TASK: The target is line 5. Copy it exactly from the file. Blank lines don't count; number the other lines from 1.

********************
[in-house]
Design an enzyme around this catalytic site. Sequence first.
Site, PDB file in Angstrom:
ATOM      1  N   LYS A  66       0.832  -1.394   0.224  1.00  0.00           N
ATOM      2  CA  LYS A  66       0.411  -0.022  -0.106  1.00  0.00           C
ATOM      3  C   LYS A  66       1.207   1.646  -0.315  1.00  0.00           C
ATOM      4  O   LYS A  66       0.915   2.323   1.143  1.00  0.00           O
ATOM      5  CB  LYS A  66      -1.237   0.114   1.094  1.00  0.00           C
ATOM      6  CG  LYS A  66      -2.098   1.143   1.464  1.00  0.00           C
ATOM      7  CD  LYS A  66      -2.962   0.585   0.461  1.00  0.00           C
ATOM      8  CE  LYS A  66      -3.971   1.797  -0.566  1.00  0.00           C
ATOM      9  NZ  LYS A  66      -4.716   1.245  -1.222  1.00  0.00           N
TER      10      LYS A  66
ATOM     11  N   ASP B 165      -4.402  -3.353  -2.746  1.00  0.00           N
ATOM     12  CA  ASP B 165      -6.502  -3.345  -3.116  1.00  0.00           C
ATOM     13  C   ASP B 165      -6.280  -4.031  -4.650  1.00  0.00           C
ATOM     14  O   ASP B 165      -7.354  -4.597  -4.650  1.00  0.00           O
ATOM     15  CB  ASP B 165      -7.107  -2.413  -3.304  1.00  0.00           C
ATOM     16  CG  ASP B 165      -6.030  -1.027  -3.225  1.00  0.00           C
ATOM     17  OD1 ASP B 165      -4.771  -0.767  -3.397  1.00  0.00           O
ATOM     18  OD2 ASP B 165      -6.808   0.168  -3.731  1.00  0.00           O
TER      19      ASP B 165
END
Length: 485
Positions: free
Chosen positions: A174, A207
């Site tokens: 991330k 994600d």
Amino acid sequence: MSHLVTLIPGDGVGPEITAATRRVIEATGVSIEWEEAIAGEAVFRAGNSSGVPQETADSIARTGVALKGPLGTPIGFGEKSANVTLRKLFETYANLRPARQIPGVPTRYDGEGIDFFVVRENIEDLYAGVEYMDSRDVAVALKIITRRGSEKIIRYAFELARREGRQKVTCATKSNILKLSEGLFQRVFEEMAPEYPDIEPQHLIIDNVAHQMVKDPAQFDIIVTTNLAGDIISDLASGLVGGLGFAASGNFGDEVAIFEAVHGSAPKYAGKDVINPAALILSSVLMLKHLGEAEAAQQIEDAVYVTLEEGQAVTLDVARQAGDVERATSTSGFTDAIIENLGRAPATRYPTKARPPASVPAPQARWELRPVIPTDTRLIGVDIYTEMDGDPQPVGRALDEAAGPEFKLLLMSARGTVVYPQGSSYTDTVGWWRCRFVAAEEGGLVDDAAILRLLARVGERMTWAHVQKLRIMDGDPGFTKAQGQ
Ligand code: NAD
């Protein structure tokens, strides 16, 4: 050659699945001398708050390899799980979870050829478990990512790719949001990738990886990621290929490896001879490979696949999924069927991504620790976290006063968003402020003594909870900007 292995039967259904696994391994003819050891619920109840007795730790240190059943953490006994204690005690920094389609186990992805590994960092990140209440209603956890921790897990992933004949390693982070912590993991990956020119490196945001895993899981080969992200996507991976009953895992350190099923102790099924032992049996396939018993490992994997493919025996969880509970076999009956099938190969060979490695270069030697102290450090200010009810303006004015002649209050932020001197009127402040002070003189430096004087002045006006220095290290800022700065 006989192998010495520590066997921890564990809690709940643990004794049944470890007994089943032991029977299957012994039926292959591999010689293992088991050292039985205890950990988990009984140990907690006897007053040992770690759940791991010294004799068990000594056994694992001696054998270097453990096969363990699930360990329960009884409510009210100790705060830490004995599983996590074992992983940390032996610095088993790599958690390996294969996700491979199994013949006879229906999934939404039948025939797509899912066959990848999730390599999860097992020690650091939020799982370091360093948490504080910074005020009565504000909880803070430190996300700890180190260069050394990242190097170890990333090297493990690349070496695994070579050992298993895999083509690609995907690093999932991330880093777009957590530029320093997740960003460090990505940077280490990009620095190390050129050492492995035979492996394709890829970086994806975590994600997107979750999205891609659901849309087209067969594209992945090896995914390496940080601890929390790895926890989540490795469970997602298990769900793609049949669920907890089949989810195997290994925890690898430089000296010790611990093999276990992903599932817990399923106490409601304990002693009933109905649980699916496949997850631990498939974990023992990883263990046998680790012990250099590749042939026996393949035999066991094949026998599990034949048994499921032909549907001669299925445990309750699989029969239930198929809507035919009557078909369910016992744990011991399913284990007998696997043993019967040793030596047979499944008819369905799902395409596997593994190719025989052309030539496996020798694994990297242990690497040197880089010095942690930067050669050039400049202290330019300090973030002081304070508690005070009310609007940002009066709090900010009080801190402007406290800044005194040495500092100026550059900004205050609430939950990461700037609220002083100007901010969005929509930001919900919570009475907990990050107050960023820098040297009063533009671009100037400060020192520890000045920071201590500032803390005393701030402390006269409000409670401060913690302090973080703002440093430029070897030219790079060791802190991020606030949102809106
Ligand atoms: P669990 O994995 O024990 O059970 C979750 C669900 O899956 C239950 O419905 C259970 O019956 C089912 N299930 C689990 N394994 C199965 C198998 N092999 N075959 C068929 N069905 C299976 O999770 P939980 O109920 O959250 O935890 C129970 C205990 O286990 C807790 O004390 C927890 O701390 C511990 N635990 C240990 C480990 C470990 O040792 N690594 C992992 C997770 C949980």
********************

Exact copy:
ATOM      2  CA  LYS A  66       0.411  -0.022  -0.106  1.00  0.00           C